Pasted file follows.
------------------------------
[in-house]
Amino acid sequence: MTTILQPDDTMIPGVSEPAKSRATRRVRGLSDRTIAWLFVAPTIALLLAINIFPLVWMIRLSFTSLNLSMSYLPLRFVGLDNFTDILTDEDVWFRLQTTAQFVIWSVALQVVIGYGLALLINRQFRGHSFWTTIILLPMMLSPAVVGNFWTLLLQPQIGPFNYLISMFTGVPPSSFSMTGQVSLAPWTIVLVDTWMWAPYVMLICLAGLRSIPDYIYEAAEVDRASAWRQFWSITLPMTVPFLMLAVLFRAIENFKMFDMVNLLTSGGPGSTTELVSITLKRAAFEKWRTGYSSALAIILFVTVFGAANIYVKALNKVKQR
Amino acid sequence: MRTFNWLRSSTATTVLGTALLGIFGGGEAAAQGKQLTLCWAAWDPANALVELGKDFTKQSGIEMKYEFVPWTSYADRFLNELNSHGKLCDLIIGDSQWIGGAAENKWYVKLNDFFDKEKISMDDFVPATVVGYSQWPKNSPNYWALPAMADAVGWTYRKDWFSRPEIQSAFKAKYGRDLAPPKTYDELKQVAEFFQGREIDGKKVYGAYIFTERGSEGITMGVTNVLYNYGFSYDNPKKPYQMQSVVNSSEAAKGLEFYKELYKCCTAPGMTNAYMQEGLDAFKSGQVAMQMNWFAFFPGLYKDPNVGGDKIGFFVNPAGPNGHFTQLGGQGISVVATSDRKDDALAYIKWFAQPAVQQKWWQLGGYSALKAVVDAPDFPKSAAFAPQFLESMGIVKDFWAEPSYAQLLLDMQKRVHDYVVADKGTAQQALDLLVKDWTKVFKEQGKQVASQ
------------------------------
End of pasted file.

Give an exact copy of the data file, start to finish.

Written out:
[in-house]
Amino acid sequence: MTTILQPDDTMIPGVSEPAKSRATRRVRGLSDRTIAWLFVAPTIALLLAINIFPLVWMIRLSFTSLNLSMSYLPLRFVGLDNFTDILTDEDVWFRLQTTAQFVIWSVALQVVIGYGLALLINRQFRGHSFWTTIILLPMMLSPAVVGNFWTLLLQPQIGPFNYLISMFTGVPPSSFSMTGQVSLAPWTIVLVDTWMWAPYVMLICLAGLRSIPDYIYEAAEVDRASAWRQFWSITLPMTVPFLMLAVLFRAIENFKMFDMVNLLTSGGPGSTTELVSITLKRAAFEKWRTGYSSALAIILFVTVFGAANIYVKALNKVKQR
Amino acid sequence: MRTFNWLRSSTATTVLGTALLGIFGGGEAAAQGKQLTLCWAAWDPANALVELGKDFTKQSGIEMKYEFVPWTSYADRFLNELNSHGKLCDLIIGDSQWIGGAAENKWYVKLNDFFDKEKISMDDFVPATVVGYSQWPKNSPNYWALPAMADAVGWTYRKDWFSRPEIQSAFKAKYGRDLAPPKTYDELKQVAEFFQGREIDGKKVYGAYIFTERGSEGITMGVTNVLYNYGFSYDNPKKPYQMQSVVNSSEAAKGLEFYKELYKCCTAPGMTNAYMQEGLDAFKSGQVAMQMNWFAFFPGLYKDPNVGGDKIGFFVNPAGPNGHFTQLGGQGISVVATSDRKDDALAYIKWFAQPAVQQKWWQLGGYSALKAVVDAPDFPKSAAFAPQFLESMGIVKDFWAEPSYAQLLLDMQKRVHDYVVADKGTAQQALDLLVKDWTKVFKEQGKQVASQ